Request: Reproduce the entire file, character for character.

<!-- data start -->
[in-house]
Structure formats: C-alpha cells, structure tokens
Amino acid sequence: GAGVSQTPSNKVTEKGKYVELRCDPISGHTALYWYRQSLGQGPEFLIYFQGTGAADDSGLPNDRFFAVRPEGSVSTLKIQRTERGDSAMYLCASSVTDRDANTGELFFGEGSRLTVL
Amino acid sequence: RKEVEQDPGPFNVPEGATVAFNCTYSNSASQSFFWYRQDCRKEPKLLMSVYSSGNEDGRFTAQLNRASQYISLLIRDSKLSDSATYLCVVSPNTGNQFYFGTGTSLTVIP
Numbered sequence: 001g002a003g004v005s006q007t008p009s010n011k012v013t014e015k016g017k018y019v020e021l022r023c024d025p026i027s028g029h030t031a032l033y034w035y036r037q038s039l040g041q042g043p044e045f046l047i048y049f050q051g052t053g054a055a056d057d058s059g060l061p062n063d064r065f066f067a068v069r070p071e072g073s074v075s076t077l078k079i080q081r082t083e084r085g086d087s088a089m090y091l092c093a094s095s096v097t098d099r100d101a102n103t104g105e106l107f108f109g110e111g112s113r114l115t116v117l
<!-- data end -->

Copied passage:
[in-house]
Structure formats: C-alpha cells, structure tokens
Amino acid sequence: GAGVSQTPSNKVTEKGKYVELRCDPISGHTALYWYRQSLGQGPEFLIYFQGTGAADDSGLPNDRFFAVRPEGSVSTLKIQRTERGDSAMYLCASSVTDRDANTGELFFGEGSRLTVL
Amino acid sequence: RKEVEQDPGPFNVPEGATVAFNCTYSNSASQSFFWYRQDCRKEPKLLMSVYSSGNEDGRFTAQLNRASQYISLLIRDSKLSDSATYLCVVSPNTGNQFYFGTGTSLTVIP
Numbered sequence: 001g002a003g004v005s006q007t008p009s010n011k012v013t014e015k016g017k018y019v020e021l022r023c024d025p026i027s028g029h030t031a032l033y034w035y036r037q038s039l040g041q042g043p044e045f046l047i048y049f050q051g052t053g054a055a056d057d058s059g060l061p062n063d064r065f066f067a068v069r070p071e072g073s074v075s076t077l078k079i080q081r082t083e084r085g086d087s088a089m090y091l092c093a094s095s096v097t098d099r100d101a102n103t104g105e106l107f108f109g110e111g112s113r114l115t116v117l